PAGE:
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13-yo Jamie Edwards Makes Nuclear Fusion Happen in His School Science Lab

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_73388550_73388549Another groundbreaking news coming from a teenager. A 13 yo boy from Lancashire successfully carried nuclear fusion, becoming the youngest person in history, who have made such an incredible achievement. The project was fully supported by the Penwortham Priory Academy, the school which the boy attended.

Jamie Edwards is the hero of the week. All he needed was his ambition and competitive spirit that proved to be enough for him to carry on what everyone thought is an impossible task. In a matter of half a year, the boy was able to recreate the process known as ‘inertial electrostatic confinement‘, where high voltage is sent through gas to generate super hot tiny pockets. Here the hydrogen atoms collide to produce helium, and their mass is converted to energy.

At first, no one believed that Jamie will be able to do this. He requested funding from various research facilities, but with no success. His teachers were also quite skeptical at first and rightfully worried that he might burn down the school facility. Thankfully in the end, after quite a bit of persuasion, the Priory head of the school, Jim Hourigan, agreed to direct £2,000 to the project.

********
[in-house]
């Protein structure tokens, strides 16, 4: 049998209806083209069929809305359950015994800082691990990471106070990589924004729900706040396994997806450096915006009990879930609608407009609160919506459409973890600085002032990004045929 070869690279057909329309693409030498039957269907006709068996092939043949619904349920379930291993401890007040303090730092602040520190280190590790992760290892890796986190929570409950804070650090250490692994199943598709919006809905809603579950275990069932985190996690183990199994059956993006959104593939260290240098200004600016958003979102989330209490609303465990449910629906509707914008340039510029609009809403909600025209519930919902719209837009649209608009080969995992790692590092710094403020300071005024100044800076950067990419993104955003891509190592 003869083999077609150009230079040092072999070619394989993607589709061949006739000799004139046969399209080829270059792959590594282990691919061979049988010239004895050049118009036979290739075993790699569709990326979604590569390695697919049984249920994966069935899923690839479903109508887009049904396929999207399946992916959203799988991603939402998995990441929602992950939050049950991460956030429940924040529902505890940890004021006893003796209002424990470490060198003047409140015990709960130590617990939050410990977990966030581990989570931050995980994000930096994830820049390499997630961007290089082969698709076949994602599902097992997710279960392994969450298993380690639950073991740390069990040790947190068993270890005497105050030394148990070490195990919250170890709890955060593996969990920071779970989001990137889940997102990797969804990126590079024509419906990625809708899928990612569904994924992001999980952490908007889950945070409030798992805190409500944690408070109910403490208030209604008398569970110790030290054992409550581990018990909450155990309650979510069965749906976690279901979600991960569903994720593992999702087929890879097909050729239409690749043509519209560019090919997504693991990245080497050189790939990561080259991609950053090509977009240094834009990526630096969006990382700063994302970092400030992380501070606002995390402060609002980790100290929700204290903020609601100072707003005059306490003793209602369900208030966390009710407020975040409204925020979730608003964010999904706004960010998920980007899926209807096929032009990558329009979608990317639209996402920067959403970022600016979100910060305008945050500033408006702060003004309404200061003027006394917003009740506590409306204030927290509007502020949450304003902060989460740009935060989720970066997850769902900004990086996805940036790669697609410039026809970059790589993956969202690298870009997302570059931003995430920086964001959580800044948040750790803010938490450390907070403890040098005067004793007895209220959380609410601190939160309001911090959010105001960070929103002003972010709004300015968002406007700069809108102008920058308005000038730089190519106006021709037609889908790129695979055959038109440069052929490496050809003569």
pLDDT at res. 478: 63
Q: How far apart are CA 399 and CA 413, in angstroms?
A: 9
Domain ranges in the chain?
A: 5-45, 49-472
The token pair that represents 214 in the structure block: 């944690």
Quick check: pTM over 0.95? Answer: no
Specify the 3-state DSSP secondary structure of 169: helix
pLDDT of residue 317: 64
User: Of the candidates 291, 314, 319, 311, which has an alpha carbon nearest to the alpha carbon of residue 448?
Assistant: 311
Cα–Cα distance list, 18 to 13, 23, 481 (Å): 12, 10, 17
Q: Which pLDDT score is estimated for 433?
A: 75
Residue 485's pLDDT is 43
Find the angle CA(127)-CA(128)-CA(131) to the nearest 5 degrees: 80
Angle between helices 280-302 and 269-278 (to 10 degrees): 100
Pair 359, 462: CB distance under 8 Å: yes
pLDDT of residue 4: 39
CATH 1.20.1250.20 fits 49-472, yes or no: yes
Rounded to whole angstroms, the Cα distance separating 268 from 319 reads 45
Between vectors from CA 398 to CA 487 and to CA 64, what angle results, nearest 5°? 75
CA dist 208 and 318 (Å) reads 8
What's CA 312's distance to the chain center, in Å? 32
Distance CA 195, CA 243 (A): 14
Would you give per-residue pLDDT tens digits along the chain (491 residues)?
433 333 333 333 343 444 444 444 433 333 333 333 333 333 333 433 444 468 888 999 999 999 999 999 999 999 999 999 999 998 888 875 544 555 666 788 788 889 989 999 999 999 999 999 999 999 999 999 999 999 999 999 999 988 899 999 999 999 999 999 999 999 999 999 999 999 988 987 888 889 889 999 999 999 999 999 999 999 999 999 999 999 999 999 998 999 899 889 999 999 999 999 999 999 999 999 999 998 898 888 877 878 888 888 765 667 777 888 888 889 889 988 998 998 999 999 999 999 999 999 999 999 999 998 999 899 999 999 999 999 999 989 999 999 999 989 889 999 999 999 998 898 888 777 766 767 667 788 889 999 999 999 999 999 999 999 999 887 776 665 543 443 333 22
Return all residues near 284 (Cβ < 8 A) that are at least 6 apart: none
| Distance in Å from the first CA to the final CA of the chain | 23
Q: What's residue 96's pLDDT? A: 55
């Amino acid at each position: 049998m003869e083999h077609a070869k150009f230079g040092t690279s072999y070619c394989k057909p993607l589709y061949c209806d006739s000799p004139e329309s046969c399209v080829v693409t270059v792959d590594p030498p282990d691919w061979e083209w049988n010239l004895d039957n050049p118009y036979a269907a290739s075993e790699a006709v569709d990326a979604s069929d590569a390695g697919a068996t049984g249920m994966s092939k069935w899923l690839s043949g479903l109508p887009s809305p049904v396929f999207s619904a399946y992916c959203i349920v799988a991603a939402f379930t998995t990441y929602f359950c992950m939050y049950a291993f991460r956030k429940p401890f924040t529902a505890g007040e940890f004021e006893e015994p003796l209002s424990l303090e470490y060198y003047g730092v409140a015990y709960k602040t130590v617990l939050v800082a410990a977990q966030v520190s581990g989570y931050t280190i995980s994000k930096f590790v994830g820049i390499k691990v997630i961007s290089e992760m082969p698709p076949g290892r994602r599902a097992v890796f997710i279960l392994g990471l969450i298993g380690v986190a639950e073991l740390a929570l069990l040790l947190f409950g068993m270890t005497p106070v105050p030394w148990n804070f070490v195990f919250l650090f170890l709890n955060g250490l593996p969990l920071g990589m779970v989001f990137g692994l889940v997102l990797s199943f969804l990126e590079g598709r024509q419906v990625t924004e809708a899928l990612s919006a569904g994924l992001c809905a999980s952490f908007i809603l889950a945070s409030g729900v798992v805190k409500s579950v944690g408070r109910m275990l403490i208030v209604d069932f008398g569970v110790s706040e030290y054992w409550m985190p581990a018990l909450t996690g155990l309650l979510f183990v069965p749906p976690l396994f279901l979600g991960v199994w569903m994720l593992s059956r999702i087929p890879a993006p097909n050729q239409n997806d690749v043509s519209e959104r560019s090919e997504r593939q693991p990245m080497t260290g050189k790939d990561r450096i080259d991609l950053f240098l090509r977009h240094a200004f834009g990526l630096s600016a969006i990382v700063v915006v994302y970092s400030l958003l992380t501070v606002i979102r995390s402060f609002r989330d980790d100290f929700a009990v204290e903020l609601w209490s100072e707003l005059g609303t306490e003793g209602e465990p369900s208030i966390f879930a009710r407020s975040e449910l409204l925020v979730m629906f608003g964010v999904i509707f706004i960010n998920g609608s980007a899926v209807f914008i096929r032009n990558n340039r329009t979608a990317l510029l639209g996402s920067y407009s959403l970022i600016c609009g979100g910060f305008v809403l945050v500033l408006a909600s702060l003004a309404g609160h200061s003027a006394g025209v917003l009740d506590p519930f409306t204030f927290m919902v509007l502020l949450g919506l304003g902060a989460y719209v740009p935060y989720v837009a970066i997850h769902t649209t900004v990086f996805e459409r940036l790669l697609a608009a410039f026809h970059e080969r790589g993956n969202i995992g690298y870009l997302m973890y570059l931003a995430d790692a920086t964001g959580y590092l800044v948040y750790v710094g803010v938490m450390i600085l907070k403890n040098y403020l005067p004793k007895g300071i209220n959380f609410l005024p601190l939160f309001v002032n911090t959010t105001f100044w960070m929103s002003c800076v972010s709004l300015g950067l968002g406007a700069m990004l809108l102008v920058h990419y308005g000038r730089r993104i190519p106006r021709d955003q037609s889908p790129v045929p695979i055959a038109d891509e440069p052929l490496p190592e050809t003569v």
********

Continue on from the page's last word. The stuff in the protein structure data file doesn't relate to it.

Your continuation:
The boy then acquired all needed equipment from home and abroad, and using the science lab facility at his school, he worked on his goal whenever he had spare time between classes or after school. With the help of various open source websites and his friend George Barker, the boy managed to reach his goal just a few days before he turned 14. This was particularly important, since the spot of the youngest person to have ever created nuclear fusion was currently occupied by Taylor Wilson, a 14-year-old hero. To take over the first place, the only thing left in front of Jamie is the verification his effort by the Open Source Fusor Research Consortium. 

Perfecting nuclear fusion, has been a main goal of many research teams over the years. Now that scientists from NIF were finally able to generate more energy than they put into it, a process called ignition, nuclear fusion is back on the radar as a very promising mean for generating renewable energy. And with such incredible young minds around, it might well be that soon there is a real clean energy revolution.

Image (c) BBC

 

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